HOMEBREW Digest #5684 Tue 25 May 2010

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  Sodium/Chloride ("A. J. deLange")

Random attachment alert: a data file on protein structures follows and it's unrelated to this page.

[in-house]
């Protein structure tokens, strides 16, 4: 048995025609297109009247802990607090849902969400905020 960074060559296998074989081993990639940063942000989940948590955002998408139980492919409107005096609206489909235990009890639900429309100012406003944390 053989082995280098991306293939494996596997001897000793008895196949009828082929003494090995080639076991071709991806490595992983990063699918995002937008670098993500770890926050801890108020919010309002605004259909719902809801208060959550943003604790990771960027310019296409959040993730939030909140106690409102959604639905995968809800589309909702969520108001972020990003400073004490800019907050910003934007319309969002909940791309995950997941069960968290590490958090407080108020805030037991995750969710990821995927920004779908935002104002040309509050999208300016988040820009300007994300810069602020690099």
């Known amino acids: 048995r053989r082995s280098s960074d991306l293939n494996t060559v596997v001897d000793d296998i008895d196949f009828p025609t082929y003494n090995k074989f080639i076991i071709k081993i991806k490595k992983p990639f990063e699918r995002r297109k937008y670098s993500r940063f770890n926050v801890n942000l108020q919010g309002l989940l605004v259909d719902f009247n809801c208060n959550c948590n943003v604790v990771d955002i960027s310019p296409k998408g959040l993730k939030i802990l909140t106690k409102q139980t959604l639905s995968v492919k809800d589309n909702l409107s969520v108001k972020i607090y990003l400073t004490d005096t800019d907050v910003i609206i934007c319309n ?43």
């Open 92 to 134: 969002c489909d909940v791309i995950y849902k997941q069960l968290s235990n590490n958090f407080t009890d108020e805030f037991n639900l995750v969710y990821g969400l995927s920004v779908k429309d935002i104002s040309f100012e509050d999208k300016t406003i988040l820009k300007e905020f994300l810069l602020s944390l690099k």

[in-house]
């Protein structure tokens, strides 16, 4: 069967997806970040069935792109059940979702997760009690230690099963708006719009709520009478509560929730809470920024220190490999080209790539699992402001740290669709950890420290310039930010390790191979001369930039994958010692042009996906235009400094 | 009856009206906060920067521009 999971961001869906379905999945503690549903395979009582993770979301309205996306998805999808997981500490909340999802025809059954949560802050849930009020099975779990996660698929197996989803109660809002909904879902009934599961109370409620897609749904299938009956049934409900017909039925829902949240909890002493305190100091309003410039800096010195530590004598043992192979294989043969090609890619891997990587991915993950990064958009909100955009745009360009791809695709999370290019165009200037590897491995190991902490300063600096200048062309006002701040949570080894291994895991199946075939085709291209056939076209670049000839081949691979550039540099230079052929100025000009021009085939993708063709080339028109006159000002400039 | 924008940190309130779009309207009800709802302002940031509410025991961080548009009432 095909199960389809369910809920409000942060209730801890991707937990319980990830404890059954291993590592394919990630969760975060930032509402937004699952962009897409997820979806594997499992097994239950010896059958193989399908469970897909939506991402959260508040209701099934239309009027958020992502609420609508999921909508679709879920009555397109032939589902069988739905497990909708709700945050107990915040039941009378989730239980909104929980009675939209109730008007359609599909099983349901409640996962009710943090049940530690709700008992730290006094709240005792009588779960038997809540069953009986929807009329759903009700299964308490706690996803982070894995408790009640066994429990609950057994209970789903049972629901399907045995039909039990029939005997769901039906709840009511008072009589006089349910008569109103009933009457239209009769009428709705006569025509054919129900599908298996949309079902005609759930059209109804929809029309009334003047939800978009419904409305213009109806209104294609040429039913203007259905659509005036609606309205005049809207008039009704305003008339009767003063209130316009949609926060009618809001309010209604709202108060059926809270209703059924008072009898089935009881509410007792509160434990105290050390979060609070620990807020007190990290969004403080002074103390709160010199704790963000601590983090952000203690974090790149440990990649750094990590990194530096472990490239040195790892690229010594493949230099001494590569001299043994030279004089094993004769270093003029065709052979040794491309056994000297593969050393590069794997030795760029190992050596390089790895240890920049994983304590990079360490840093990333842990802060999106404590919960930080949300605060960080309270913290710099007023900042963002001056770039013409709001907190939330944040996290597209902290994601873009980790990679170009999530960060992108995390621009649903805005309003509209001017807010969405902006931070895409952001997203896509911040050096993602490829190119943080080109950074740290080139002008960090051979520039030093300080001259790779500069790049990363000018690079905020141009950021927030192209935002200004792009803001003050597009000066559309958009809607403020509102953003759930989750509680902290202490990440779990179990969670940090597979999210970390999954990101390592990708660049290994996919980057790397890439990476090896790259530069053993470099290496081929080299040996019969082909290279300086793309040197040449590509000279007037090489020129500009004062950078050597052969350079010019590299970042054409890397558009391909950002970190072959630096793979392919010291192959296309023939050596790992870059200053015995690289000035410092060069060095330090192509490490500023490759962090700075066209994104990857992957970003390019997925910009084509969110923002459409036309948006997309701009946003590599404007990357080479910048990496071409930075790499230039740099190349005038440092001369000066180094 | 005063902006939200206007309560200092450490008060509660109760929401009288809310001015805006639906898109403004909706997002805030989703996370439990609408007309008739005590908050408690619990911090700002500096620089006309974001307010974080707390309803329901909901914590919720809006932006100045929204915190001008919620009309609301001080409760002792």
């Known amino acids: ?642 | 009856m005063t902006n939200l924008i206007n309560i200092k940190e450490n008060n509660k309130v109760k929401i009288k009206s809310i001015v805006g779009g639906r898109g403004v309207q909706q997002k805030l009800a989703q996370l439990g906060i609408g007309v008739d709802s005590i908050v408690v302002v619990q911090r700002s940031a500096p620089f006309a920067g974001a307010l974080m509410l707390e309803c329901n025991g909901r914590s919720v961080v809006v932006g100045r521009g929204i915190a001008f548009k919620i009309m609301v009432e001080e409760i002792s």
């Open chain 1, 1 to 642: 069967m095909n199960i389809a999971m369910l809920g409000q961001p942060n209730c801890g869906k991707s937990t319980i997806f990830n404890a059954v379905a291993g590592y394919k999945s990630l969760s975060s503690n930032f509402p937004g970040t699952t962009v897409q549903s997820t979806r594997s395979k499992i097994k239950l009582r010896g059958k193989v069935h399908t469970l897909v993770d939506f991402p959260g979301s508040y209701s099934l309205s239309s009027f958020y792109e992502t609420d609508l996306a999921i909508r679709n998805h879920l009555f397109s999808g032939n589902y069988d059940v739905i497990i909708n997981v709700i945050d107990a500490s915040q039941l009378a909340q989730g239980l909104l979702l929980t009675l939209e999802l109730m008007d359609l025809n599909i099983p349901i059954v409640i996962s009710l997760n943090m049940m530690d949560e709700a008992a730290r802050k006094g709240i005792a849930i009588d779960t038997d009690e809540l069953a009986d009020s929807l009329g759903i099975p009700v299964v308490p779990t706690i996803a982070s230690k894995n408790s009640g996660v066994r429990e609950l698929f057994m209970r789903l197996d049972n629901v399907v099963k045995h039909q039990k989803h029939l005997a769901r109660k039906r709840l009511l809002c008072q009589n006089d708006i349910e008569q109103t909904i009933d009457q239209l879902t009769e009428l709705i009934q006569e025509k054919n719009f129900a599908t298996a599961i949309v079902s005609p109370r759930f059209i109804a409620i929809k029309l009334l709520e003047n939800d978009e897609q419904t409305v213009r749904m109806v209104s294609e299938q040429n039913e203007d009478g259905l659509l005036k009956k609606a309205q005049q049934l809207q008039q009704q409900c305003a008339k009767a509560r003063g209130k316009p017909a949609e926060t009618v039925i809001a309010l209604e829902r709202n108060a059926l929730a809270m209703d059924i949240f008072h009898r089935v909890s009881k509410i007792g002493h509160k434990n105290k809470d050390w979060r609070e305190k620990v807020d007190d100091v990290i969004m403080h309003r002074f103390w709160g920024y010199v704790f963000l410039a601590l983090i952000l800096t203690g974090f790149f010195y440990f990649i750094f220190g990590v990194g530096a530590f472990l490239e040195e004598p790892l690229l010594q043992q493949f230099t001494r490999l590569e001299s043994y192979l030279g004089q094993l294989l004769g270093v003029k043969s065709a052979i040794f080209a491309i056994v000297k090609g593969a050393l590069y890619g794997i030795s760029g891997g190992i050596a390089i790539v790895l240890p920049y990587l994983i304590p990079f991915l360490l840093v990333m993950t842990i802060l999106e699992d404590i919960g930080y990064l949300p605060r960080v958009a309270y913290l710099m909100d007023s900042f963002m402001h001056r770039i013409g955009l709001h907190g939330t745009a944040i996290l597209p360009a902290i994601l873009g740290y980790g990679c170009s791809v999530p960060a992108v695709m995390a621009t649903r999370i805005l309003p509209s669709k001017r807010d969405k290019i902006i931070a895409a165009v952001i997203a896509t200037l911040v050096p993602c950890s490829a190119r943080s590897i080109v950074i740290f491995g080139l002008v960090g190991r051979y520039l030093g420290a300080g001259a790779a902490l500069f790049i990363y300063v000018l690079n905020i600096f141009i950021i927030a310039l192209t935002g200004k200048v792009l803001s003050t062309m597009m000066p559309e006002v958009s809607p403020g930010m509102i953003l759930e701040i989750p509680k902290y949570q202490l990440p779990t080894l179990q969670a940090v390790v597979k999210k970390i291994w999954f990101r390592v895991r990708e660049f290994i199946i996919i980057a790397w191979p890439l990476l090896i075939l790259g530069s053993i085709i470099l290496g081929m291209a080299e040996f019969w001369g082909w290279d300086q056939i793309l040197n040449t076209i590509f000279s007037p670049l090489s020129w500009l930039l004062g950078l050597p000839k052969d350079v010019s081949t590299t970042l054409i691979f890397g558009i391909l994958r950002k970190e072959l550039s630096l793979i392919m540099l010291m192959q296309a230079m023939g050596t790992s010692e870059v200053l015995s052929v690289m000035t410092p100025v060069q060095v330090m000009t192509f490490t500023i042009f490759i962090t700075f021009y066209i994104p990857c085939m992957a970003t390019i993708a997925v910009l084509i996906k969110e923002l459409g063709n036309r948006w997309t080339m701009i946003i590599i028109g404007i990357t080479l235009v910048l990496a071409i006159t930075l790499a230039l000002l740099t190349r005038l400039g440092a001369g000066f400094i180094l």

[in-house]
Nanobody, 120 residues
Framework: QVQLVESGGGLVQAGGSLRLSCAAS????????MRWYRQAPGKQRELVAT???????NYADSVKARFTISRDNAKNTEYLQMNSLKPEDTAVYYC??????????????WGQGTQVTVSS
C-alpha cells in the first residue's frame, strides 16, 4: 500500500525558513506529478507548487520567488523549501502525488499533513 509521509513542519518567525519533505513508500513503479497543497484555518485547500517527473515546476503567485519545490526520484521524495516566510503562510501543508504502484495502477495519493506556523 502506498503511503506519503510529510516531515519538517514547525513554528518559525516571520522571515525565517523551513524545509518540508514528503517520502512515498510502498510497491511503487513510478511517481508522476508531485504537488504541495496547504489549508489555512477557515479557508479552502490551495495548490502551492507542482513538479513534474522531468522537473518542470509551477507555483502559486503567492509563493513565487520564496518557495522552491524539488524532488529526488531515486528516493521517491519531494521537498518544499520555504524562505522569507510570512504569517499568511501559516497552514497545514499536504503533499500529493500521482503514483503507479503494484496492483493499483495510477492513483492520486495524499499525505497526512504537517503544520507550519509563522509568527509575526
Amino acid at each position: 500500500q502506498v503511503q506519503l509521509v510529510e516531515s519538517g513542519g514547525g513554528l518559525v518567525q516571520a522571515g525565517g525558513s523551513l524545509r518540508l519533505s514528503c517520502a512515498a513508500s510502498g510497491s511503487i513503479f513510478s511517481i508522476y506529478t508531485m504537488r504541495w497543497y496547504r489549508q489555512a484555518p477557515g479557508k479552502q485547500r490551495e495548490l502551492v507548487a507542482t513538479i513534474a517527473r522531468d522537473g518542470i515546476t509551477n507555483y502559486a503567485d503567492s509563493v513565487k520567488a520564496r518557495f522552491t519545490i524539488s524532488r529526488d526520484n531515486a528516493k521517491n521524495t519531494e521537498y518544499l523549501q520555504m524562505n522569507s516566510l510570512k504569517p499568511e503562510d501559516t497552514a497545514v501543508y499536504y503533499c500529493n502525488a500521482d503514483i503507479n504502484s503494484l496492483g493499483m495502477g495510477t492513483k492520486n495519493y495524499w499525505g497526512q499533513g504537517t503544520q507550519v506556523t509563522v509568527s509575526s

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---------------------------------------------------------------------- Date: Tue, 25 May 2010 09:41:21 -0400 From: "A. J. deLange" <ajdel at cox.net> Subject: Sodium/Chloride Dave asked whether there is an easy way to remove sodium and chloride ions from softened water. Easy? Relatively. Inexpensive? Depends on your definition but RO potentially qualifies. One can buy an 11 gallon per day RO system from Home Depot for $279 (and lots of other manufacturers, stores, websites... list lower priced units of around or even greater than that capacity). But why would you want to use a softener in the first place? It doesn't "remove" anything but rather only replaces polyvalent ions (calcium, magnesium, iron, strontium...) with equivalent amounts of (monovalent) sodium. Chloride is unaffected (except perhaps for minimal amounts from residual brine) as are bicarbonate, sulfate, nitrate.... If your goal is demineralized (or largely demineralized) water the task is of the same magnitude at the output of the softener as it would be if the softener were not used. Why not just feed an RO unit directly from the mains? It turns out there is a reason. If the water is hard (and we would'nt be having this discussion if it weren't) there will be a gradient of calcium ions concentration perpendicular to the membrane surface increasing in the direction of the membrane. If the hardness is temporary (carbonate) there will be a carbonate ion concentration gradient as well and, depending on pH, hardness, alkalinity, and recovery rate the concentrations of calcium and carbonate ions can exceed the solubility product close to the membrane surface with resultant precipitation and blockage. If the calcium has been removed by a softener then obviously this problem is solved (and it will be some other salt which will limit allowable recovery such as barium sulfate even though your water, we hope, contains only miniscule amounts of barium). So there is a reason to use a softener with an RO unit and, IMO, that's the only job for a softener in a brewery (except perhaps boiler feed). That said, if you go to HD, buy an RO unit and just hook it up to the mains you will probably be fine. I had two of these units in service (brewing only) for 4 years in one case and 5 years in the other on nominally hard water (about 110 ppm as CaCO3 - mostly temporary) and never changed out the membranes because I didn't have to. I'm on a well so my pH is low (that helps) and these GE units have low, fixed recovery (that also helps) of about 17%. On checking the GE manual for the recovery I found that they too recommend a softener if you hardness is greater than 10 gpg (about 179 ppm) and your pH > 7. That increases to about twice that level of allowable hardness at pH 6.7; three times that a pH 6.3 and so on. The manual also says the consequences of not using a softener above these levels is shortened membrane life. In the system which replaced those small units I feed softened water and feel quite comfortable operating it at a recovery of around 40% (which should make all you environmental types feel all warm and fuzzy inside). I'm not sure I understand why Martin would favor nanofiltration over RO for the likes of us. They will block the polyvalent ions (thus softening the water and decarbonating it, getting rid of sulfate and nitrate) but let the monovalents through so if deionized water is the goal additional processing would be required to get rid of the monovalents. I guess they are easier to clean but as I noted above I have never had to clean an RO unit. On an industrial scale I'm sure things are dramatically different and the processing methods chosen are determined by the particulars of the feed water chemistry, the requirements for the processed water and a whole lot of other considerations which include not only the capital costs (which he mentioned as being high) but operating costs, concentrate disposal and on and on. I know nanofiltration is becoming popular among water authorities these days but don't see it for homebrewers. But really, I know almost nothing about nano systems. A.J. Return to table of contents
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